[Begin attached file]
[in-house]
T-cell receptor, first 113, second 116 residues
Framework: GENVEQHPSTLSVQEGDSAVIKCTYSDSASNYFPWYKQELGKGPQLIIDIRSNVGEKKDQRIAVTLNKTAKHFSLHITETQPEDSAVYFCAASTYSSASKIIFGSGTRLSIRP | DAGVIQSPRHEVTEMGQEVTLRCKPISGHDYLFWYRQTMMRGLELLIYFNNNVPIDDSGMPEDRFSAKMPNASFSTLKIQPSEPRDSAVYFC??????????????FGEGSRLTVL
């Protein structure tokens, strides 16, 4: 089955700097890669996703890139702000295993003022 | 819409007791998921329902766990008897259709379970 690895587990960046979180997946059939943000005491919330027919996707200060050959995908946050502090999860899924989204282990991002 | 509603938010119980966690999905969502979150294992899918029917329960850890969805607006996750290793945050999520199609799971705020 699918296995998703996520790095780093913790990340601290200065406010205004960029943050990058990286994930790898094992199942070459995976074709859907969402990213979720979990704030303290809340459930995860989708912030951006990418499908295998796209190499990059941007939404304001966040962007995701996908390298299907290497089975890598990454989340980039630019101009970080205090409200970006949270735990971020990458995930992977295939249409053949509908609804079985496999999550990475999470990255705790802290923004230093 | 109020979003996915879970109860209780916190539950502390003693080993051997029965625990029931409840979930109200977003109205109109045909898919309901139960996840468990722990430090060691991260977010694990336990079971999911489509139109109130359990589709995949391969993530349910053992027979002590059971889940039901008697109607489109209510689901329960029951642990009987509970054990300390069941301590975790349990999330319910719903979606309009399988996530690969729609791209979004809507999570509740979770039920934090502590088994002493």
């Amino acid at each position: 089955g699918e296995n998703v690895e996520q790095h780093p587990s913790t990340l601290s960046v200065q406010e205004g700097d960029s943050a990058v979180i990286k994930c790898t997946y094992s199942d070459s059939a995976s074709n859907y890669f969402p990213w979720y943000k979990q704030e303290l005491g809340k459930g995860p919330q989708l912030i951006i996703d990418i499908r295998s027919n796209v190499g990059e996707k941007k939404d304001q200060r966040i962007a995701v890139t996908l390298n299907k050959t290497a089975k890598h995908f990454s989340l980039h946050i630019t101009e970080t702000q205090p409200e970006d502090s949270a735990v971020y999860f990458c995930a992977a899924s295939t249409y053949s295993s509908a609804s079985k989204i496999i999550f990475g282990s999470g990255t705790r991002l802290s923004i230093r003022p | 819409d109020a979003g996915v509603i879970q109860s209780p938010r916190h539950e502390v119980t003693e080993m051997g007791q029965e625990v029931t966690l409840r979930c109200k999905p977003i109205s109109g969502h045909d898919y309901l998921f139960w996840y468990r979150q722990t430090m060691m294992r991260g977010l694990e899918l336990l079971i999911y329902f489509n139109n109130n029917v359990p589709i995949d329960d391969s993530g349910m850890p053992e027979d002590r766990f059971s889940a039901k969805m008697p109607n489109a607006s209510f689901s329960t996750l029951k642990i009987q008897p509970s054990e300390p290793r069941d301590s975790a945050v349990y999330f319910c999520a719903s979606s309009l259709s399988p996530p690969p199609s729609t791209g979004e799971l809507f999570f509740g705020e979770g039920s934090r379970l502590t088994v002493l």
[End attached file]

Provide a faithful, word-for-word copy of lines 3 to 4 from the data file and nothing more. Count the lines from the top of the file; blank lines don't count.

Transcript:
Framework: GENVEQHPSTLSVQEGDSAVIKCTYSDSASNYFPWYKQELGKGPQLIIDIRSNVGEKKDQRIAVTLNKTAKHFSLHITETQPEDSAVYFCAASTYSSASKIIFGSGTRLSIRP | DAGVIQSPRHEVTEMGQEVTLRCKPISGHDYLFWYRQTMMRGLELLIYFNNNVPIDDSGMPEDRFSAKMPNASFSTLKIQPSEPRDSAVYFC??????????????FGEGSRLTVL
């Protein structure tokens, strides 16, 4: 089955700097890669996703890139702000295993003022 | 819409007791998921329902766990008897259709379970 690895587990960046979180997946059939943000005491919330027919996707200060050959995908946050502090999860899924989204282990991002 | 509603938010119980966690999905969502979150294992899918029917329960850890969805607006996750290793945050999520199609799971705020 699918296995998703996520790095780093913790990340601290200065406010205004960029943050990058990286994930790898094992199942070459995976074709859907969402990213979720979990704030303290809340459930995860989708912030951006990418499908295998796209190499990059941007939404304001966040962007995701996908390298299907290497089975890598990454989340980039630019101009970080205090409200970006949270735990971020990458995930992977295939249409053949509908609804079985496999999550990475999470990255705790802290923004230093 | 109020979003996915879970109860209780916190539950502390003693080993051997029965625990029931409840979930109200977003109205109109045909898919309901139960996840468990722990430090060691991260977010694990336990079971999911489509139109109130359990589709995949391969993530349910053992027979002590059971889940039901008697109607489109209510689901329960029951642990009987509970054990300390069941301590975790349990999330319910719903979606309009399988996530690969729609791209979004809507999570509740979770039920934090502590088994002493």